links for 2007-08-05
Fear of Finance II

Fear of Finance

For Project Syndicate:

We are at that turn of the intellectual cycle where the world's great and good become fearful of finance: distrustful of the rich and high-paid people who live very well indeed and work behind computer screens in the cores of the world's major cities doing... well, doing something that doesn't look like work, or productive, or useful. Each turn the fears are similar: paper-shufflers are doing better than makers, speculators are doing better than managers, traders are doing better than entrepreneurs, rootless global cosmopolites are doing better than those with their toes and ancestors in the soil, arbitrageurs are doing better than accumulators, the clever are doing better than the solid, the (financial) market is more powerful than the (regulatory, bureaucratic) state. This, the current of opinion goes, is an inversion of the normal and the natural and the just. We must cast down, as Franklin Delano Roosevelt put it, the "money changers" from their "high seats in the temple of our civilization." We must "restore the ancient truths" that growing, making, managing, and inventing things should have higher status, more honor, and greater rewards than whatever it is that financiers do.

Truth to be told, there is a lot to fear in finance. The rewards to the successful are staggeringly outsized. The punishments to the unwary are brutal. The average investor in individual stocks achieves risk-adjusted returns of the overall global stock market return--call it 6% per year in inflation-adjusted terms--minus 3%. The average investor in a managed mutual fund receives the overall return minus 2%. The average investor in an index fund receives the overall return minus 0.5%. Since the average return must be average, the informed financiers pocket the vast gaps that the poor trading strategies of the uninformed and the rash open up between their returns and the average. And it is true that nothing visible is created.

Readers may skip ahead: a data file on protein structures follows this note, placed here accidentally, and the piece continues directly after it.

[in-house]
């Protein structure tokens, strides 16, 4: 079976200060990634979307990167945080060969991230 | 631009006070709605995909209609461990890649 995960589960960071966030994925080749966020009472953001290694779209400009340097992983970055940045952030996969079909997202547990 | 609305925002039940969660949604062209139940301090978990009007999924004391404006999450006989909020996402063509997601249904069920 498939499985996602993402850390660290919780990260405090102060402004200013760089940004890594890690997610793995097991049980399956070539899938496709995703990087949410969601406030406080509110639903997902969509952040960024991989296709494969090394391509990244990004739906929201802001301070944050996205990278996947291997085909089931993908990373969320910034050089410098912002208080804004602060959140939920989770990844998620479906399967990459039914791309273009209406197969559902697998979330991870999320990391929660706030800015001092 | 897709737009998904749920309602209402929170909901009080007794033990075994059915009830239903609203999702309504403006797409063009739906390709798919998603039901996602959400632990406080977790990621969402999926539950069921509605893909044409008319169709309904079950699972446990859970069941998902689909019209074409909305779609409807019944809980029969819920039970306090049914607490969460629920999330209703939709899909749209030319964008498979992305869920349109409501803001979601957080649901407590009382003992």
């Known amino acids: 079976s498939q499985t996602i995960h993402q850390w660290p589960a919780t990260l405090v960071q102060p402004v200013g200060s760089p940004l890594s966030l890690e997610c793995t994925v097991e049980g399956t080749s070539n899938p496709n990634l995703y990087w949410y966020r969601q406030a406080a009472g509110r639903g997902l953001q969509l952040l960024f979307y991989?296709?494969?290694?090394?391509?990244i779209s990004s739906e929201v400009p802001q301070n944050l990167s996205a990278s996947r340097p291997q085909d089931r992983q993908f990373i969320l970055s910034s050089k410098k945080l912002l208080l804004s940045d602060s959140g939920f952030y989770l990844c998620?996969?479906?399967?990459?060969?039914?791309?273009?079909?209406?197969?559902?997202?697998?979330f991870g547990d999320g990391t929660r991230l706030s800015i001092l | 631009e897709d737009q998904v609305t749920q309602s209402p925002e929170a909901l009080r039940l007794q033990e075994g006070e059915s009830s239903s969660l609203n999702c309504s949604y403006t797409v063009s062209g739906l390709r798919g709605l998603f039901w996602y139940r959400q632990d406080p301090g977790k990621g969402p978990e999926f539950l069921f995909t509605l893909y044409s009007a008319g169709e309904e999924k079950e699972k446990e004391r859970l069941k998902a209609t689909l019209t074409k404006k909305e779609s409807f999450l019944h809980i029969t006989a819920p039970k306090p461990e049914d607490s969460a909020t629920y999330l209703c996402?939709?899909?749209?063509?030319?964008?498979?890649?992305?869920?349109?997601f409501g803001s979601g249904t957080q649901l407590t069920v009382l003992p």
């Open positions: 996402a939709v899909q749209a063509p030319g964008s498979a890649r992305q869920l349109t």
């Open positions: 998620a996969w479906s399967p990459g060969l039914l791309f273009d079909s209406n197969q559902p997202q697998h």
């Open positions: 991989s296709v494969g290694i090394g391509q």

Truth be told, the scale of modern global finance is staggering: more than 4 trillion dollars of mergers and acquisitions this year, with tradeable and (theoretically) liquid financial assets reaching perhaps 160 trillion dollars by the end of this year, all in a world where annual global GDP is perhaps 50 trillion dollars. Martin Wolf of the Financial Times quotes the McKinsey Global Institute as estimating that world financial assets, which today are more than three times world GDP, were only equal to world GDP in 1980 (and to only two-thirds of world GDP in the aftermath of World War II). And then there are the numbers that sound very large and are hard to interpret: 300 trillion dollars in value of "derivative" securities; 3 trillion dollars of wealth managed by 12,000 global "hedge funds"; 1.2 trillion dollars a year committed behind the screen of "private equity."

But things are created in our modern financial system: important things, and valuable things--both positive and negative.

Consider the 4 trillion dollars of mergers and acquisitions this year, as companies acquire and spinoff branches and divisions in the hopes of gaining synergies or market power or better management. Those owners who sell these assets will gain roughly 800 billion dollars relative to what the pre-merger speculation value of their assets had been. The owners of the companies that buy--the shareholders of the acquirers--will lose roughly 300 billion dollars in market value, as markets take the acquisition as a signal that managers are exuberant and uncontrolled empire-builders rather than flinty-eyed trustees maximizing payouts to shareholders. This 300 billion dollars is a tax that shareholders of growing companies think is worth paying (or perhaps cannot find a way to avoid paying) for energy in their corporate executives.